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September 8, 2000

 

 

Did I mention that we have a chicken shortage in Kenya right now?

 

No kidding, a chicken shortage.Not that there arenít a million chickens scurrying all over the place or anything.Not like I donít see at least a couple of dozen on the way to town and back.There just arenít any good chickens right now, and I donít mean in a moral, spiritual or ethical way.I define a good chicken as a chicken that hasnít become tough, stringy and thoroughly aerobisized from dodging cars and little kids with sticks for its entire life.Thereís a surplus of those kind of chickens.What we donít have right now are chickens that have been raised in overcrowded, artificial chicken laboratories.Chickens chemically and genetically altered to be fat, plump and juicy.There are those of you out there that may say, ďGood!Who needs all those chemicals and who knows what far-reaching repercussions tampering with genes will have.And what about those poor chickens raised in inhuman conditions, living their entire lives just to feed people?ĒAnyone out there who believes that has never eaten a free-range Kenyan chicken.Youíve seen those Kenyan runners that sweep all the marathons and all the distance events in Olympics, right?Stringy, bony, tough looking guys, every one of them.Thatís what Kenyan chickens are like, except with feathers.I would even guess that if there were distance races for chickens that the Kenyans chickens would win those as well.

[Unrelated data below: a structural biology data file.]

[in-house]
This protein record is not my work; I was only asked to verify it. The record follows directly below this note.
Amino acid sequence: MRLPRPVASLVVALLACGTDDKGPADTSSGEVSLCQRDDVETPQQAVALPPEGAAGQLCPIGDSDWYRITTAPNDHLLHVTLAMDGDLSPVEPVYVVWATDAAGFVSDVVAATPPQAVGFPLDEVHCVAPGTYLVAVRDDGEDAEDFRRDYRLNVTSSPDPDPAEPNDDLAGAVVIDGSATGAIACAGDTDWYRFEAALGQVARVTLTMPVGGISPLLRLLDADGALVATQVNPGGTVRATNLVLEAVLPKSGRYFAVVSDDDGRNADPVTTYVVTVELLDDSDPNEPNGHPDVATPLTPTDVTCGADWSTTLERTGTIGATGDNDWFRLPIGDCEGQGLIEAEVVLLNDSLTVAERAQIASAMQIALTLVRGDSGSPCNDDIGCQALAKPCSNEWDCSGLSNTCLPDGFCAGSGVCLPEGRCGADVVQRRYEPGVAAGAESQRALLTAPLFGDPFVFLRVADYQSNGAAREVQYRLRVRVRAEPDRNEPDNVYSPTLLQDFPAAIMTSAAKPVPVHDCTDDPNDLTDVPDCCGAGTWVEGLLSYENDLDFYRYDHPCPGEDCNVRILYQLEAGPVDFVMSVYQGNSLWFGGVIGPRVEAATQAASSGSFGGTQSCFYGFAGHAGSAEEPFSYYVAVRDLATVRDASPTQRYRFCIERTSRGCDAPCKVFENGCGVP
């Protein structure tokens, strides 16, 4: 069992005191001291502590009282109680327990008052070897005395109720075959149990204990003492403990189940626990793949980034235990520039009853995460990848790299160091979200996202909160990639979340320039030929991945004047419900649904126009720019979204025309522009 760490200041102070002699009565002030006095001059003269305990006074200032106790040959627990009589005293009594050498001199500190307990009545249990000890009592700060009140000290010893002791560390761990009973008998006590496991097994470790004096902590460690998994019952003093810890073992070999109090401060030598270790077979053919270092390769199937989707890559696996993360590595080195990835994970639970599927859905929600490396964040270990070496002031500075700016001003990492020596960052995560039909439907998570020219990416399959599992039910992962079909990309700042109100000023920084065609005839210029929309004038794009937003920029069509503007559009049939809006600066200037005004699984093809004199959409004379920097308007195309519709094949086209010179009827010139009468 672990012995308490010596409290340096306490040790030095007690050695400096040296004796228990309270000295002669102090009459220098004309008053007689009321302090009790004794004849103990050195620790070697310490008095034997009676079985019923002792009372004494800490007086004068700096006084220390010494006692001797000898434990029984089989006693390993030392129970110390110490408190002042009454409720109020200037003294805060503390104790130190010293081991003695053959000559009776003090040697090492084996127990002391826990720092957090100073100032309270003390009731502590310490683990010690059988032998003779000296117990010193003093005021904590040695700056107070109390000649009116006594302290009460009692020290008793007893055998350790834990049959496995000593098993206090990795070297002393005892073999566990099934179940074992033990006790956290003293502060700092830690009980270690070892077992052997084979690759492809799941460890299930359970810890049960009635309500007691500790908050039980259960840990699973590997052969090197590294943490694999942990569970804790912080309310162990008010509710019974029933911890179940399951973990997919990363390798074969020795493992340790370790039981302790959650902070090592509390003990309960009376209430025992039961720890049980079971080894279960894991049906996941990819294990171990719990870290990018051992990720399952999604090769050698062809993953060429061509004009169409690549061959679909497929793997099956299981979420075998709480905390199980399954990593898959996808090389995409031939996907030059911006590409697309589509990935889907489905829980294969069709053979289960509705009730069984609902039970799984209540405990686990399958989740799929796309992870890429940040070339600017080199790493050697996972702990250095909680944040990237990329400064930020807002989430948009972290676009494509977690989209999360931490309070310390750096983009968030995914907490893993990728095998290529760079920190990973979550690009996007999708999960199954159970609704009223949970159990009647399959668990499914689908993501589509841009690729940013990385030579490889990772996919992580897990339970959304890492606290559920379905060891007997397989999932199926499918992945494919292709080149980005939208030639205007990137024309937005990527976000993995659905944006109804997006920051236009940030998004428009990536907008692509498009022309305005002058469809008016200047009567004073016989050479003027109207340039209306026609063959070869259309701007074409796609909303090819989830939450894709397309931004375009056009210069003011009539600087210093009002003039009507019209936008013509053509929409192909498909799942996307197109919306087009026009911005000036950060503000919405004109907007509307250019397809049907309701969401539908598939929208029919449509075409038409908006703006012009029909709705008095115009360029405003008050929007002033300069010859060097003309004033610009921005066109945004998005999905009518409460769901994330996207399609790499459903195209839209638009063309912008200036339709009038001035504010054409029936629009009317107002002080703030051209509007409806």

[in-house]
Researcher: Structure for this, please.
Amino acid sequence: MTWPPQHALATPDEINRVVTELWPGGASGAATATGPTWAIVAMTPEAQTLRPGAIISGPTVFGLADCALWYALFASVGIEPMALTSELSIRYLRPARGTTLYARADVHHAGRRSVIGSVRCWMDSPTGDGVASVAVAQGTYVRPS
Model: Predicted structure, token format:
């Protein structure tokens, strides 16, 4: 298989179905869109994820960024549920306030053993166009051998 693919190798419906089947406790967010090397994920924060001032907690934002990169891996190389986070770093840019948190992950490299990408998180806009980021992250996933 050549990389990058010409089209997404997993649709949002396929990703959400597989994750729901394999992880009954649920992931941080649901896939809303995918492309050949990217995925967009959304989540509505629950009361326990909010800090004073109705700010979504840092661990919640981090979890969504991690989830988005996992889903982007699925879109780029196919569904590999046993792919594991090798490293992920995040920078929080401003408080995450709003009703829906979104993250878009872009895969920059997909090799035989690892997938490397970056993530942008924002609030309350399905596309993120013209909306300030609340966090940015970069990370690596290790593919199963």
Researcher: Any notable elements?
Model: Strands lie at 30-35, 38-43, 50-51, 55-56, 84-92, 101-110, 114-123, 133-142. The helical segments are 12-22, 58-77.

And why are there no good chickens?Power rationing.Of course, thatís the excuse for everything these days: Power Rationing.For those of you that donít recall, or havenít read this in a while, Kenya is in the middle of a power shortage, forcing power rationing.Kenya has two main sources of power, Uganda and a series of dams on one of the rivers near Nairobi.The power that Uganda sells to Kenya comes from Lake Victoria and the Victorian Nile River, so itís always available.Unfortunately, Uganda is also using that as a source of power, so Kenya canít get all of it.The other main source of power, that river near Nairobi, has seven dams on it, one after the other after the other.Now hereís the dumb part: there is a drought in the catchment area of this river.The seasonal long rains came late, didnít do much and then left early.Not only that, but they knew that this happened to this river periodically when they decided to base the bulk of their domestic electricity generation on it.I cringe to say it (since we are talking about chickens here), but they put all of their eggs in one basket, and a rickety basket at that.Of course, there are a couple of stories of corruption and ďhey! whereíd all that money go? (wink, wink)Ē Kenyan politics as usual on top of it all.